‘Poland is a xenophobic country, but the more it is, the more should we do to change this,’ says Mayor Rafał Dutkiewicz.
So, to paraphrase the words of the late Wojciech Młynarski, let us do our own thing in Wrocław.
Calling problems by their name
The Council for International Dialogue (which actually means entities identified in the project of the strategy – national and ethnic groups, the team of the Wrocław City Council with its thematic groups, NGOs, enterprises, media, the Lower Silesian Provincial Office, police, universities) is supposed to exist not only on paper. Its task is to identify problems that are encountered by people of foreign origin, people of different religions, or those who are socially excluded due to their disability, poverty or previous criminal record. The Council will also specify what must be done – e.g. by city authorities or municipal services – for specific groups and circles representing different cultures that live in Wrocław and the surrounding urban area permanently or temporarily.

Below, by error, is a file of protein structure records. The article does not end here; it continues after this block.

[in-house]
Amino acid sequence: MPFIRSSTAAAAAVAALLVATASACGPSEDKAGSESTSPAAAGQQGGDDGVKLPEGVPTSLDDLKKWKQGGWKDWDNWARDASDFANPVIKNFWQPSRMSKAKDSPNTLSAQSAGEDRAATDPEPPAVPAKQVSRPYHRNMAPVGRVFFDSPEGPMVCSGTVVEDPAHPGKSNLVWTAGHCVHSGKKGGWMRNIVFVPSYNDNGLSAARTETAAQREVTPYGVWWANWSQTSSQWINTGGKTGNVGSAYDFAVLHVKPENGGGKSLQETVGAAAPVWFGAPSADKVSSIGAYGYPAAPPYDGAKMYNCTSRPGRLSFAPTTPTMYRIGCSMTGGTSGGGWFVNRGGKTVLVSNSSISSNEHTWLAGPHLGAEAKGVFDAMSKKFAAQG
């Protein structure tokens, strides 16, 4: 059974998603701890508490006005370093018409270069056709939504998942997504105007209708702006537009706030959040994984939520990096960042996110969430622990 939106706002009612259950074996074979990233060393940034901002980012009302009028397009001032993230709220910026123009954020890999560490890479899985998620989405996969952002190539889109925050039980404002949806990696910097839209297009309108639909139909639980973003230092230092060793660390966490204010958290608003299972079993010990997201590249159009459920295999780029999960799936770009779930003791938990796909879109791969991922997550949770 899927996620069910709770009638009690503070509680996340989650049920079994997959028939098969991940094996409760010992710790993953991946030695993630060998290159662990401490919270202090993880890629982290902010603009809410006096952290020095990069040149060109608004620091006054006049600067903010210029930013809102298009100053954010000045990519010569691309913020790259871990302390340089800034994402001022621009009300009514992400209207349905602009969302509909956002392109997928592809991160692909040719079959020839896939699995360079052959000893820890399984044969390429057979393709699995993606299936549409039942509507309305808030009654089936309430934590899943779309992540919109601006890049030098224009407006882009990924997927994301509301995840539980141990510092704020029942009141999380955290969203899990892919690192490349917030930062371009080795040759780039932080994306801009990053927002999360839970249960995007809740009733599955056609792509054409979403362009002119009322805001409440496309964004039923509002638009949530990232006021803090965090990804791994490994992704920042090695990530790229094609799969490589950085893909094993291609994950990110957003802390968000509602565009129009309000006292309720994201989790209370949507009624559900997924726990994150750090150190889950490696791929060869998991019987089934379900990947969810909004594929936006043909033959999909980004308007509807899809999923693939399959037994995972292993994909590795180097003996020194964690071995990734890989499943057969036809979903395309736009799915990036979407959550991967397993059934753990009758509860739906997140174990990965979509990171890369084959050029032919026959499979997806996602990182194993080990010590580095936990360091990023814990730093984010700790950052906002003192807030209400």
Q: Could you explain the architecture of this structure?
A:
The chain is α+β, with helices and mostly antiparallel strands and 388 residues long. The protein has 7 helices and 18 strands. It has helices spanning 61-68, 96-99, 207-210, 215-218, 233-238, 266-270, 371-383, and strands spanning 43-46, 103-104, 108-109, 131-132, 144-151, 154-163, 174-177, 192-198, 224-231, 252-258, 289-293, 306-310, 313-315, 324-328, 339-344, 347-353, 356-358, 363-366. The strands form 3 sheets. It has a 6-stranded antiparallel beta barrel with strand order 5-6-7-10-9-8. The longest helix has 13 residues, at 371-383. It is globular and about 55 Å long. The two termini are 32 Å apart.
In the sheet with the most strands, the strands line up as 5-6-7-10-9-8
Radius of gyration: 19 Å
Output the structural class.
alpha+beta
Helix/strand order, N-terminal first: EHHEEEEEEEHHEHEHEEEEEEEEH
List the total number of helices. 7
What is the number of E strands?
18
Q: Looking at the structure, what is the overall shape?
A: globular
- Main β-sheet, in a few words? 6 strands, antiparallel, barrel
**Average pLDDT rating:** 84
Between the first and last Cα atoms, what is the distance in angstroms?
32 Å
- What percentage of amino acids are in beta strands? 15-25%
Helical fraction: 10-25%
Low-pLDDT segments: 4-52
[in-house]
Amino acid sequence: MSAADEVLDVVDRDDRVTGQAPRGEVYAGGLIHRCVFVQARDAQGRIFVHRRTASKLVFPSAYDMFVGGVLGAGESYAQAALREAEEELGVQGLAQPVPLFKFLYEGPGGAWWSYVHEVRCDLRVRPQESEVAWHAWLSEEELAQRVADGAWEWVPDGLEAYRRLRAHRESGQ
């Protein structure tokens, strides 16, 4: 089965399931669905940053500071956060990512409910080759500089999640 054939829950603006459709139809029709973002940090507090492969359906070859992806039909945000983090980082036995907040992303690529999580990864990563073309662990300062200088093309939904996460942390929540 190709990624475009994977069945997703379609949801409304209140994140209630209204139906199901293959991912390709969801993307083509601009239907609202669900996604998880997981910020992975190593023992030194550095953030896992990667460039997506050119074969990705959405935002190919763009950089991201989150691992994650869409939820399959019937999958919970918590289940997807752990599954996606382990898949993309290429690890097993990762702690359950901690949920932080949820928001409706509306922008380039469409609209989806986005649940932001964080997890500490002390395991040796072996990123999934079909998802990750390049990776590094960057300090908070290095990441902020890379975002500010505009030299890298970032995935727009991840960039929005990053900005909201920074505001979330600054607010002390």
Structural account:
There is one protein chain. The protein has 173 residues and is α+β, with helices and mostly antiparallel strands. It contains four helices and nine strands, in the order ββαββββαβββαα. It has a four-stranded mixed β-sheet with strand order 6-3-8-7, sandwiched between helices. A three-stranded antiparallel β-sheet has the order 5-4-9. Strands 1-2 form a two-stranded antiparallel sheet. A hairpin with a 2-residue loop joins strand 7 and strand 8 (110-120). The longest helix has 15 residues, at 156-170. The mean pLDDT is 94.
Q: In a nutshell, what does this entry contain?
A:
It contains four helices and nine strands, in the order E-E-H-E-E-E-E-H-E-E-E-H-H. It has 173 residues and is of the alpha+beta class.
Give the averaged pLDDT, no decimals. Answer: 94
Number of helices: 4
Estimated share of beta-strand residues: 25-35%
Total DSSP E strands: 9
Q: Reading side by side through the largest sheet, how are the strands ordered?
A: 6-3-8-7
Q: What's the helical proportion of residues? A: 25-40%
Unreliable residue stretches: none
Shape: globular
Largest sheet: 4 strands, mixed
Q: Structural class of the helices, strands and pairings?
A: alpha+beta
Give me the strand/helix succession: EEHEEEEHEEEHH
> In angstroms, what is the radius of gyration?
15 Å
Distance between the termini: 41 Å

In the nearest future, other inhabitants of the city, including members of NGOs, activists, religious groups and representatives of several other institutions operating in the city and the surrounding area, will be encouraged to join this initiative by specifying areas that should be included in the strategy. This will be a part of the forum of multiculturality, which will be supervised by the Dom Pokoju (House of Peace) Foundation. Two rounds of table meetings have been scheduled for 22nd April this year. Their results in the form of a report will be received for further elaboration by the co-ordinator of the strategy.
Learning, integrating and feeling safe
People to talk with, things to talk about, ways of reacting to evil, people/institutions required to react, methods of reinforcement of intercultural bonds – these are the main (key) areas on which the Wrocław strategy is to be built.